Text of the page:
Analysis & Indicators

Blog Post

Effective IRS Actions Can Help Cut Deficit

August 17, 2017

During budget negotiations in the coming weeks, Congress should ensure that the Internal Revenue Service (IRS) has sufficient funding to effectively enforce the tax laws and improve taxpayer assist

Policy Memo

Swift Bipartisan Action Needed on Health Care

August 01, 2017
With the Senate’s failure to pass health care legislation in last week’s votes, Congress should turn to a bipartisan approach. This is needed both to fix the serious, short-term problems with health care marketplaces around the country and to propel health care cost-control initiatives over the longer term.
In the News

A Q&A on Trump's tax plan. Brace yourself

August 23, 2017
New Jersey Star-Ledger
Topics
Fiscal Responsibility
National Debt
Tax Policy

If you are looking for straight talk on the country's fiscal crisis, the best place to find it is at bipartisan think-tanks, where experts are willing to face the daunting math, and challenge the p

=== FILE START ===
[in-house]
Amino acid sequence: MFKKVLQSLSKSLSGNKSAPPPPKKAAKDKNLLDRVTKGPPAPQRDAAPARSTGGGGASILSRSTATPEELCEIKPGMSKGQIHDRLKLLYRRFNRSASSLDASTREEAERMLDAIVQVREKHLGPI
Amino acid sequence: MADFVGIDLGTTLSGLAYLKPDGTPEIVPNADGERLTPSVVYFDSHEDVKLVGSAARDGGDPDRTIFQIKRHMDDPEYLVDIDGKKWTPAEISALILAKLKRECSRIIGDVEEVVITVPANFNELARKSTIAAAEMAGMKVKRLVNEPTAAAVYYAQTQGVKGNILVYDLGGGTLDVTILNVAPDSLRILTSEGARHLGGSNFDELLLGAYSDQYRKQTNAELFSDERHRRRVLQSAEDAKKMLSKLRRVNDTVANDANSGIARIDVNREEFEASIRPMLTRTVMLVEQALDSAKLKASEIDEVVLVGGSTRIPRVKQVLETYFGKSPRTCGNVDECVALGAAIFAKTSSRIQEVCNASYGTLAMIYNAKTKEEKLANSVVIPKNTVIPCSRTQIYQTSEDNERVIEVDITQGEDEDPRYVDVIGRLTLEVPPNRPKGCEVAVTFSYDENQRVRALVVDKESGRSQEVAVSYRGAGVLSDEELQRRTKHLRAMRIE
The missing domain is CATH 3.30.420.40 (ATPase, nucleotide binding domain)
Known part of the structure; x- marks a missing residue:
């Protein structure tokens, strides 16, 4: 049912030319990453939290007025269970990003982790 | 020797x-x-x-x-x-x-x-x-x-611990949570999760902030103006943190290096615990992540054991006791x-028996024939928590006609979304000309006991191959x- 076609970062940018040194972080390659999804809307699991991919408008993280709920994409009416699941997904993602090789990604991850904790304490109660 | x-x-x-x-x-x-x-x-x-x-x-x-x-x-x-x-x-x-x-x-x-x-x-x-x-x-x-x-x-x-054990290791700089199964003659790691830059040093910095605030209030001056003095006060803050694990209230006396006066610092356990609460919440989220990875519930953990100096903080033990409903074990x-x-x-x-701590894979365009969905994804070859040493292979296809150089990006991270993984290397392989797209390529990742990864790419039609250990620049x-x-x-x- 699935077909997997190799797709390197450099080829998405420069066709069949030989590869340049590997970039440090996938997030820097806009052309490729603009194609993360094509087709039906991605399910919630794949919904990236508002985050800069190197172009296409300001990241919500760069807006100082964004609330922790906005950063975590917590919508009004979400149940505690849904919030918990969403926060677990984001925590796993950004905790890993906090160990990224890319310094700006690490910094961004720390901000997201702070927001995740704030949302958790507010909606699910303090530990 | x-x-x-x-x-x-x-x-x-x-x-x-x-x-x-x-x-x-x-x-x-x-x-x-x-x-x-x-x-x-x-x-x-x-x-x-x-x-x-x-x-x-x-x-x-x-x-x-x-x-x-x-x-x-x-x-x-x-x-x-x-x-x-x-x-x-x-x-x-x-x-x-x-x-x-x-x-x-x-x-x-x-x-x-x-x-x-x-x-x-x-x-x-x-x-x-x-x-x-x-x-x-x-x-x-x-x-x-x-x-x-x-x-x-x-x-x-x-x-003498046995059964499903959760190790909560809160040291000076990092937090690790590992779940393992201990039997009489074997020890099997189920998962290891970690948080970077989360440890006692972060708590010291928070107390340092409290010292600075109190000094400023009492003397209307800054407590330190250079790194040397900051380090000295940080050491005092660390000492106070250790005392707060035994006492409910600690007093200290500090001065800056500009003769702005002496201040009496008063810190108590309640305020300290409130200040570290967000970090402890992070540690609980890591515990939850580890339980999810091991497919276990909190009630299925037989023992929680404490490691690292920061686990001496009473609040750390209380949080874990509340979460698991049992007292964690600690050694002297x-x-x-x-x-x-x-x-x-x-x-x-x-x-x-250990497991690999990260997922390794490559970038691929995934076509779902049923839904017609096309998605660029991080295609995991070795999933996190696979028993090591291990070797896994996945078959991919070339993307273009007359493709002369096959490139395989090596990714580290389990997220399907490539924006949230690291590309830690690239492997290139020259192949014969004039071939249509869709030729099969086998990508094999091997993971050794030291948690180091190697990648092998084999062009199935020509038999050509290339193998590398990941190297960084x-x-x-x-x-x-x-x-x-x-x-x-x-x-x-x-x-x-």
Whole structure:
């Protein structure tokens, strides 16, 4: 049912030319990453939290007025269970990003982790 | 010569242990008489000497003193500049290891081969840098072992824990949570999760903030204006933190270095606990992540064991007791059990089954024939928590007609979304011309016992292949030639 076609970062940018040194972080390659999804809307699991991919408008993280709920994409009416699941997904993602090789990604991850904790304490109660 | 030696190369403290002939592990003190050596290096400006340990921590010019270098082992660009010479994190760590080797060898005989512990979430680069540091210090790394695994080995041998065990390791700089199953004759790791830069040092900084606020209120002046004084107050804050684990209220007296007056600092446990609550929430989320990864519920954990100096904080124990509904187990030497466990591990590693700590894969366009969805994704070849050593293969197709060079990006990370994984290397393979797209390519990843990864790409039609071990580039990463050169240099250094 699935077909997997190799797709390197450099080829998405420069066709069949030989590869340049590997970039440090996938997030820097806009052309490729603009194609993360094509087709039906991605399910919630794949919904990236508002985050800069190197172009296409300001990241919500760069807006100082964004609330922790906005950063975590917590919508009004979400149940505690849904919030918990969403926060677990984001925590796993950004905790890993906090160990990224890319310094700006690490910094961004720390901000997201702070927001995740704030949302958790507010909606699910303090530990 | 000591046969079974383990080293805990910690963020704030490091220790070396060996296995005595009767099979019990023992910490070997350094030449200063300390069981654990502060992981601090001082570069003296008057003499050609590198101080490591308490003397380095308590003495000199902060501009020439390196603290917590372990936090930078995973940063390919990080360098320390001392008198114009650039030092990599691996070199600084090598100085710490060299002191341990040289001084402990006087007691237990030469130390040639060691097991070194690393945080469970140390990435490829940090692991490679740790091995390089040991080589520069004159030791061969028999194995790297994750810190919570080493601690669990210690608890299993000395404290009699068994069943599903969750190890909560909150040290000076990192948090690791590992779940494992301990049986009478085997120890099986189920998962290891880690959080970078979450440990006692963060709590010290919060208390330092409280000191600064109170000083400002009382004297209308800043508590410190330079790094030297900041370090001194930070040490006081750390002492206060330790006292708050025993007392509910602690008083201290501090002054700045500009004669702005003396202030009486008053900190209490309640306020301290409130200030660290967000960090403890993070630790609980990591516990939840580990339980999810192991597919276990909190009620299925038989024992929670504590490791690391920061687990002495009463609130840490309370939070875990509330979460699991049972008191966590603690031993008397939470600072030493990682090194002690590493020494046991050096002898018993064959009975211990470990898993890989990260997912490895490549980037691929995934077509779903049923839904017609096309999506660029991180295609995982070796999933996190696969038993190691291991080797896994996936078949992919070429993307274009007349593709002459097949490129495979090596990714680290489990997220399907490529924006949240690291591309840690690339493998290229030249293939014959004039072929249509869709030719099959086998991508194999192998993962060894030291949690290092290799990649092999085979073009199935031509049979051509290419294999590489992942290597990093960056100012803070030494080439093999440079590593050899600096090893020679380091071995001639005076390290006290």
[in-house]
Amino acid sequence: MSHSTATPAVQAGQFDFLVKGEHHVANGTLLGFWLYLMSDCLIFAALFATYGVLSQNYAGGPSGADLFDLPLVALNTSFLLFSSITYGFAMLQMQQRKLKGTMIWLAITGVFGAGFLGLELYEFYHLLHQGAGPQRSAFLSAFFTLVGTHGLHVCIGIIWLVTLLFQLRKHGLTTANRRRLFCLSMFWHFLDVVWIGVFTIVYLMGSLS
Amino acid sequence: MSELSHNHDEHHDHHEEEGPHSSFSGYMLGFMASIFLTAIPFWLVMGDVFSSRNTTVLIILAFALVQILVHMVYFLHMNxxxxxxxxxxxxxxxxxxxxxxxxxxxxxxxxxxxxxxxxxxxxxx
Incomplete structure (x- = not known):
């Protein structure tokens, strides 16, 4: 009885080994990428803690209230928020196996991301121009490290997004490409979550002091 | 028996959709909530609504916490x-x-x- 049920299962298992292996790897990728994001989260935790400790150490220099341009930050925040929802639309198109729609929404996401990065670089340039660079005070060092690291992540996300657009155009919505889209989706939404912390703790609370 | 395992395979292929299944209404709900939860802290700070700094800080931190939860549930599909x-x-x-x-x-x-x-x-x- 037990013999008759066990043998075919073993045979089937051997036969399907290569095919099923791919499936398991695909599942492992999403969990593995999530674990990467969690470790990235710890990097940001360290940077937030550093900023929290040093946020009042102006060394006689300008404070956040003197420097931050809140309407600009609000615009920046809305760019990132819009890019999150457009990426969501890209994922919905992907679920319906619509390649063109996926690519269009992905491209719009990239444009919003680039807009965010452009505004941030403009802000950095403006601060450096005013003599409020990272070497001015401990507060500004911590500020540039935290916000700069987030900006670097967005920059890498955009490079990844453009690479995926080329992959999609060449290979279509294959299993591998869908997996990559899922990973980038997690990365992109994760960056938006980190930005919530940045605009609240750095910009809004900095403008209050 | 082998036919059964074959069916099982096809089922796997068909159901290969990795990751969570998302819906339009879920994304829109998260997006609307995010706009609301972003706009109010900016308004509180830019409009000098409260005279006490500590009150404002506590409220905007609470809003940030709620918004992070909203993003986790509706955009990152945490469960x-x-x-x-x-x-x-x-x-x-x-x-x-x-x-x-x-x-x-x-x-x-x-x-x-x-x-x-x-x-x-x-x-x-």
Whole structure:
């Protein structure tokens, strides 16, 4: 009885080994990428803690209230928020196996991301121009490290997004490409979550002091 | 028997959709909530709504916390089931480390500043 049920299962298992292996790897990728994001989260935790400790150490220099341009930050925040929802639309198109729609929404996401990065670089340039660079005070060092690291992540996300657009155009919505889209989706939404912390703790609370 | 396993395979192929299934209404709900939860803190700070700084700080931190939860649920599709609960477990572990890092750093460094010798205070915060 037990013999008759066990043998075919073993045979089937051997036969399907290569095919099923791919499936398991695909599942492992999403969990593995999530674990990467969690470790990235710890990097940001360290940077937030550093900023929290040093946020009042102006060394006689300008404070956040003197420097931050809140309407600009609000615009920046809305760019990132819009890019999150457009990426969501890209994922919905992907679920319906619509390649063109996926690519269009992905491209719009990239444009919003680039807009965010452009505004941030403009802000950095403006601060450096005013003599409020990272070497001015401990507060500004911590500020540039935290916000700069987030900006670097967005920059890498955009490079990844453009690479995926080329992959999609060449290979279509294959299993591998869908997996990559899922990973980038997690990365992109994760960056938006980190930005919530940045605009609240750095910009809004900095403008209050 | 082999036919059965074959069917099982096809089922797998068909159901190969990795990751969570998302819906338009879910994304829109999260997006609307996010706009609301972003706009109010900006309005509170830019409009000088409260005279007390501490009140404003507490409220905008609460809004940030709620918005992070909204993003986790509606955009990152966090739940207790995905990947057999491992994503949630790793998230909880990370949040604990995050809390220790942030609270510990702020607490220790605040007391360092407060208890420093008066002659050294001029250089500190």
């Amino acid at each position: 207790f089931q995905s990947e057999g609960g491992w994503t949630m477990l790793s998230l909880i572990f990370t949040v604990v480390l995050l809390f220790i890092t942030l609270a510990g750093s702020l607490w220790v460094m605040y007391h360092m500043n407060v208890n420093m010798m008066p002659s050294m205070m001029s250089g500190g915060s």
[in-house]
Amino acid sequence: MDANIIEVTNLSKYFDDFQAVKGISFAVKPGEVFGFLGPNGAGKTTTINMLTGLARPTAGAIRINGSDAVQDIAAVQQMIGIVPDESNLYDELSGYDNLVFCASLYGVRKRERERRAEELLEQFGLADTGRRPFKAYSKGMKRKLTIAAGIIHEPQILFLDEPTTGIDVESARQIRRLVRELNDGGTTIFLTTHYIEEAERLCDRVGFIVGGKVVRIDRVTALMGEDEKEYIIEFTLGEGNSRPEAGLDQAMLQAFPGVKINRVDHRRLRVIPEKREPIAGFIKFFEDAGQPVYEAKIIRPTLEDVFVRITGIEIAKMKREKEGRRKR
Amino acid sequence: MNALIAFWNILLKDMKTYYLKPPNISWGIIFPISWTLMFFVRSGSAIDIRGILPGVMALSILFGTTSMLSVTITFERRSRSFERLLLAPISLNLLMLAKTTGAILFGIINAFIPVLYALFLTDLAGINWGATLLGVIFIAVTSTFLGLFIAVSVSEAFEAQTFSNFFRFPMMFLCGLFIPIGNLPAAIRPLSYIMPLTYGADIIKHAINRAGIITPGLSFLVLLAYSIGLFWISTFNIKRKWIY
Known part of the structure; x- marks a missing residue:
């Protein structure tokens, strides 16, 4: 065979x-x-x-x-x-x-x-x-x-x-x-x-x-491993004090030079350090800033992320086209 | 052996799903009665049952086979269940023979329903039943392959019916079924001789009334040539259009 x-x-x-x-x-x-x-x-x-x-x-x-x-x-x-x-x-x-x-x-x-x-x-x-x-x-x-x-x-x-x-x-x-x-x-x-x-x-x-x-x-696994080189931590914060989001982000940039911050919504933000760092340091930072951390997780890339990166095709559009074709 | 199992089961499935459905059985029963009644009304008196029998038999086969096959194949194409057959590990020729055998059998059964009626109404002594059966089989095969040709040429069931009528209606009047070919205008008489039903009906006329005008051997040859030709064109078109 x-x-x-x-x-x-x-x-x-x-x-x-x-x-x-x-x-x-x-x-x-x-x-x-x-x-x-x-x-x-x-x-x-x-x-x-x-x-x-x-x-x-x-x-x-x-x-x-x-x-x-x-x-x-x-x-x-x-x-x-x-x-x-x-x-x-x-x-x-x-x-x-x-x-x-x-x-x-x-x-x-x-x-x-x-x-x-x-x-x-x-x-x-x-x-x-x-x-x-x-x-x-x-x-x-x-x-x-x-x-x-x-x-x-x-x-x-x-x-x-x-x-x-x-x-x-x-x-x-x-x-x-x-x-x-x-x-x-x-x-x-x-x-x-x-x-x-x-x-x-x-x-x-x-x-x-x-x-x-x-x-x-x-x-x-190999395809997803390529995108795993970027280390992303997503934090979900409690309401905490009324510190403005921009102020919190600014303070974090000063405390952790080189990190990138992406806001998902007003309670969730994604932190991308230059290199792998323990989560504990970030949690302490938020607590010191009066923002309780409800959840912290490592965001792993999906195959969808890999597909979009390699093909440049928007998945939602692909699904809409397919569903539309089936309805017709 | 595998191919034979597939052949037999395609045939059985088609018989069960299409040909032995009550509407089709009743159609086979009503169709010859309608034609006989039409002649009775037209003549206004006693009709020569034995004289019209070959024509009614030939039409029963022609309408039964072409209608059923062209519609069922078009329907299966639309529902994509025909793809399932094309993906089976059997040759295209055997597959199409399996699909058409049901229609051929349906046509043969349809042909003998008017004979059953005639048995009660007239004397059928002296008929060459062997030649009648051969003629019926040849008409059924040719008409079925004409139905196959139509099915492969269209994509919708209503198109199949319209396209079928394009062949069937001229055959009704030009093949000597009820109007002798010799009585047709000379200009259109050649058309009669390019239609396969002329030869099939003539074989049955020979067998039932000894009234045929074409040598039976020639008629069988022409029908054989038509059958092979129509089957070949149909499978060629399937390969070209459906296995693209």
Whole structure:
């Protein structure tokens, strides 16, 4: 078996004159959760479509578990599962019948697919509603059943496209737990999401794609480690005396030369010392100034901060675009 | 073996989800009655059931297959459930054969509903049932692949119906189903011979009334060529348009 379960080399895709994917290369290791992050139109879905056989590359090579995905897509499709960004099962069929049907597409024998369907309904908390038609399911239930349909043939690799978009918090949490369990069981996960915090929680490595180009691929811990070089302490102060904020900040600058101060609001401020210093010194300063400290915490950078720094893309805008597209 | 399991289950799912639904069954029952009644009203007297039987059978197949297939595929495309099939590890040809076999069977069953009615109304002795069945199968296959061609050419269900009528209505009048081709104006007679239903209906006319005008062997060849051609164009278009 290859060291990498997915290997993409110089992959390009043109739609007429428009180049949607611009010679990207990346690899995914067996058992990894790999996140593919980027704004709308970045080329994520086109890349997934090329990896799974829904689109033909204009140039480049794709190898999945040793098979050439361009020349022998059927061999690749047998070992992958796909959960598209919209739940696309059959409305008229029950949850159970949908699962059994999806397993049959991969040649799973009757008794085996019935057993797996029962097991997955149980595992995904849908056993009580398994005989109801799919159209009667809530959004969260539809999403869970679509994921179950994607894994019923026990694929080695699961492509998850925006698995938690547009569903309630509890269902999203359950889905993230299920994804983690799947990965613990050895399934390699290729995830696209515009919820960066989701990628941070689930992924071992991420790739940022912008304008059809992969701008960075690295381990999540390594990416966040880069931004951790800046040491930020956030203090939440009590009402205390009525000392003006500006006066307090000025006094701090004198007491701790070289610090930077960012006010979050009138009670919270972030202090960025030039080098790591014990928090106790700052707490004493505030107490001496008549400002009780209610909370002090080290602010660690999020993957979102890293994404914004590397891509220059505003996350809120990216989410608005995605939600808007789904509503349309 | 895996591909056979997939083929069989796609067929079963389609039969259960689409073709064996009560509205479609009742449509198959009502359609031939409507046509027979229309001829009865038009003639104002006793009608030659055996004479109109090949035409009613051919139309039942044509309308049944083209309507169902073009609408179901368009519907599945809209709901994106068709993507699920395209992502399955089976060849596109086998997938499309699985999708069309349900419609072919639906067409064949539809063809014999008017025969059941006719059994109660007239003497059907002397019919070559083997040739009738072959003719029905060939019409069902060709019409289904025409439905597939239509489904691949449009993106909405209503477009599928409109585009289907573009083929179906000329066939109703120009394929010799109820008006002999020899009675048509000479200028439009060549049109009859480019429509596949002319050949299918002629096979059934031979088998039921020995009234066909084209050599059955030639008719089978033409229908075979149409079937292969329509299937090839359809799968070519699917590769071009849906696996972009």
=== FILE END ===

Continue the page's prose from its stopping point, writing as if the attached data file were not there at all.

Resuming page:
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Blog Post

Signs of Fiscal Life on Capitol Hill

August 02, 2016

In the midst of a “bleak” time for the nation’s long-term finances, Phil LaRue, The Concord Coalition’s director of government relations, recently noted three small signs of fiscal life in Washington.

The Congressional Budget Office (CBO) and the Social Security and Medicare trustees continue to point out the dangerous consequences of continued failure to put federal finances on a sustainable path. But some lawmakers and candidates are promising large new tax cuts or benefit increases without considering their costs, LaRue writes in a blog post.

Blog Post

Three Signs of Fiscal Life in Washington

July 21, 2016

The overall budget picture in Washington remains bleak as lawmakers have left town without making any meaningful progress on the appropriations process. They are now anticipating a September scramble to approve a Continuing Resolution (CR) to keep the government open after the new fiscal year begins Oct. 1. This means Congress, yet again, would be falling back on legislation that indiscriminately maintains the funding levels of the previous year, with little or no attention to the necessity of increased or decreased funding levels for important programs.